U.S. President Barack Obama on Tuesday nudged Chinese President Hu Jintao to allow the yuan currency to appreciate at a landmark summit in Beijing.
Obama referred fleetingly to the issue which has spawned testy exchanges between Chinese and U.S. officials, who argue that an undervalued yuan is stoking global economic imbalances.
The yuan has been effectively pegged against the dollar since the middle of last year.
Here is an overview of key comments on the yuan this year.
Jan 22, 2009 - Obama believes China is manipulating its currency, Timothy Geithner, Obama's choice to head the U.S. Treasury says in written Congressional testimony, using a term the Bush administration avoided for years to describe Beijing's foreign exchange practices. [ID:nN22364222]
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-- Officials later put the choice of words down to sloppy staff work, however, not a change of policy.
April 15 - Treasury report declines to name China a currency manipulator. It says the yuan is undervalued, but that Beijing's practices do not fit its legal definition of currency manipulation.
April 16 - U.S. senator Debbie Stabenow says she will introduce legislation directing the Commerce Department to determine whether a country's currency is fundamentally misaligned.
June 8 - World Bank chief Robert Zoellick welcomes China's efforts to make its currency more international. Warns against abrupt, unilateral moves that could worsen the fragile global financial situation.
Sept 15 - The yuan will be increasingly recognised as a global currency as its economy develops, says senior central bank official Liu Guangxi.
-- On the same day, Guo Qingping, an assistant People's Bank of China governor, says China will proceed cautiously in promoting the yuan as an international currency.
Oct 3 - China will stick to its current exchange rate policy and aim to maintain market stability, Yi Gang, a central bank vice governor, says at an IMF meeting in Turkey.
Oct 27 - The United States welcomes the rise in the yuan in recent years but wants the currency to climb further, Commerce Secretary Gary Locke says in Guangzhou.
Nov 5 - The yuan's de facto peg to the dollar is unsustainable in the long run, but Chinese academics are deeply divided on what should replace it, one of China's leading government researchers says.
-- On the same day, European Central Bank President Jean-Claude Trichet says that a steady rise of China's yuan currency would help rebalance the world economy.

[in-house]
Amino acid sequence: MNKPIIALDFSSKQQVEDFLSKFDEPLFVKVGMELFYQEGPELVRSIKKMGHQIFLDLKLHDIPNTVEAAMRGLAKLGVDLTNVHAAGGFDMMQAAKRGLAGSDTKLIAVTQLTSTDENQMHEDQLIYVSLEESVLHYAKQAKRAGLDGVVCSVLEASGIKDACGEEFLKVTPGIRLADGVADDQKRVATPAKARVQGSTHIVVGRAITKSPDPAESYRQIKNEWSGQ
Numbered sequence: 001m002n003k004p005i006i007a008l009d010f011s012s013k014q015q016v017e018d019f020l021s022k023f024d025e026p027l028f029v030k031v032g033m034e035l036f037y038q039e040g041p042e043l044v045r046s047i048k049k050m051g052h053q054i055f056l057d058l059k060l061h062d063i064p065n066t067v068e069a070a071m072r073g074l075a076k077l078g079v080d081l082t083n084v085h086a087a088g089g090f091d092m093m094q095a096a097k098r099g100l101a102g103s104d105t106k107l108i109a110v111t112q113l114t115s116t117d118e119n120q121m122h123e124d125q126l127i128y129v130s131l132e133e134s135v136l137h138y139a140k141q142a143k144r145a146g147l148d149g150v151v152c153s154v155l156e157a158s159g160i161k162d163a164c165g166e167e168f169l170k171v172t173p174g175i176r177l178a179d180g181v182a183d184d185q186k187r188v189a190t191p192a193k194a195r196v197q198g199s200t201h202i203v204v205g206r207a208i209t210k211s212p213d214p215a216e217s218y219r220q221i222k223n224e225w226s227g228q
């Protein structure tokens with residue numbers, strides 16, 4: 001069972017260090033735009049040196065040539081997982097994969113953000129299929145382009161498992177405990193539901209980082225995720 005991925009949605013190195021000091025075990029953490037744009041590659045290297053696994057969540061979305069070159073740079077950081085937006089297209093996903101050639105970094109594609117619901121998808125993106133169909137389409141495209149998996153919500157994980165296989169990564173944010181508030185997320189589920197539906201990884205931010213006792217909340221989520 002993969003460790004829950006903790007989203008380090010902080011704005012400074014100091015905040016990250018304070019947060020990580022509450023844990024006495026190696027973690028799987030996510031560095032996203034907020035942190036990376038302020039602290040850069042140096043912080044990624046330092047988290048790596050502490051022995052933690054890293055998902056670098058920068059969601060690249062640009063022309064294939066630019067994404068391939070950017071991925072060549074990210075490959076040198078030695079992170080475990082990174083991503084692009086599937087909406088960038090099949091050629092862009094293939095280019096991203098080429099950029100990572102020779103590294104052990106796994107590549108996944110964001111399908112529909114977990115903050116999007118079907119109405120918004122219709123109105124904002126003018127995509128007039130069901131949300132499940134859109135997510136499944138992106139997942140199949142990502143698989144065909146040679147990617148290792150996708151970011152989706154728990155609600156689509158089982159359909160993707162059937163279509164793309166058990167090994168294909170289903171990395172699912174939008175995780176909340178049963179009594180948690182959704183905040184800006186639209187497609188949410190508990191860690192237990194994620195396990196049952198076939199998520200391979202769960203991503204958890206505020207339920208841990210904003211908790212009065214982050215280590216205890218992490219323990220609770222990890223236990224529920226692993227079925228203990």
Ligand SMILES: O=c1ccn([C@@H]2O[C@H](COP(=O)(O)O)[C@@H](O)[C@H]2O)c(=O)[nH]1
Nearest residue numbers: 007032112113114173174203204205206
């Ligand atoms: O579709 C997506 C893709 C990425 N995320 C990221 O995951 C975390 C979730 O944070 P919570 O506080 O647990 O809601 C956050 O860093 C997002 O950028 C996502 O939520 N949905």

Nov 6 - Japan's deputy finance minister, Yoshihiko Noda, calls on China to free up the yuan.
Nov 9 - Obama tells Reuters he plans to raise the issue of the yuan currency when he visits China.
Nov 10 - Foreign Ministry spokesman Qin Gang restates China's long-standing policy to maintain the basic stability of the yuan at a reasonable and balanced level.
Nov 11 - In Singapore, World Bank Chief Zoellick calls the dollar's role as a reserve currency relatively secure, but says over the next 10-15 years the renminbi will provide an alternative once it is internationalised.
-- The same day, China sends its clearest signal yet that it is ready to allow yuan appreciation after an 18-month hiatus, saying it will consider major currencies, not just the dollar, in guiding the exchange rate.
Nov 13 - The head of the world's most valuable bank by market capitalisation, Industrial & Commercial Bank of China, says a stronger yuan will not be conducive for global economic recovery.
Nov 14 - Morgan Stanley Asia Chairman Stephen Roach says China may let its yuan currency rise gradually, once the economic recovery becomes sustainable.
Nov 15 - China's Vice Commerce Minister Chen Jian plays down talk of a shift in central bank currency policy and mounting expectations of a rise in the yuan exchange rate.
Nov 16 - Dominique Strauss-Kahn, IMF managing director, says a stronger yuan is part of the policy mix Beijing needs to boost domestic consumption, and ease global imbalances.
-- China's Commerce Ministry rebuffs calls for the yuan to appreciate. Yao Jian, ministry spokesman, says the goal is to provide a stable and predictable environment for enterprises.
-- On the same day, U.S. Commerce Secretary Gary Locke says China has made progress, but needs to do more to raise the value of its currency.
Nov 17 - U.S. President Barack Obama nudges Chinese President Hu Jintao to allow the yuan to appreciate at meeting in Beijing.
-- Hu does not mention the yuan, China's currency policy or the dollar during remarks following the meeting.
-- The IMF's Strauss-Kahn also repeats his position from the day before, saying The sooner the better in response to a question on when the yuan should rise.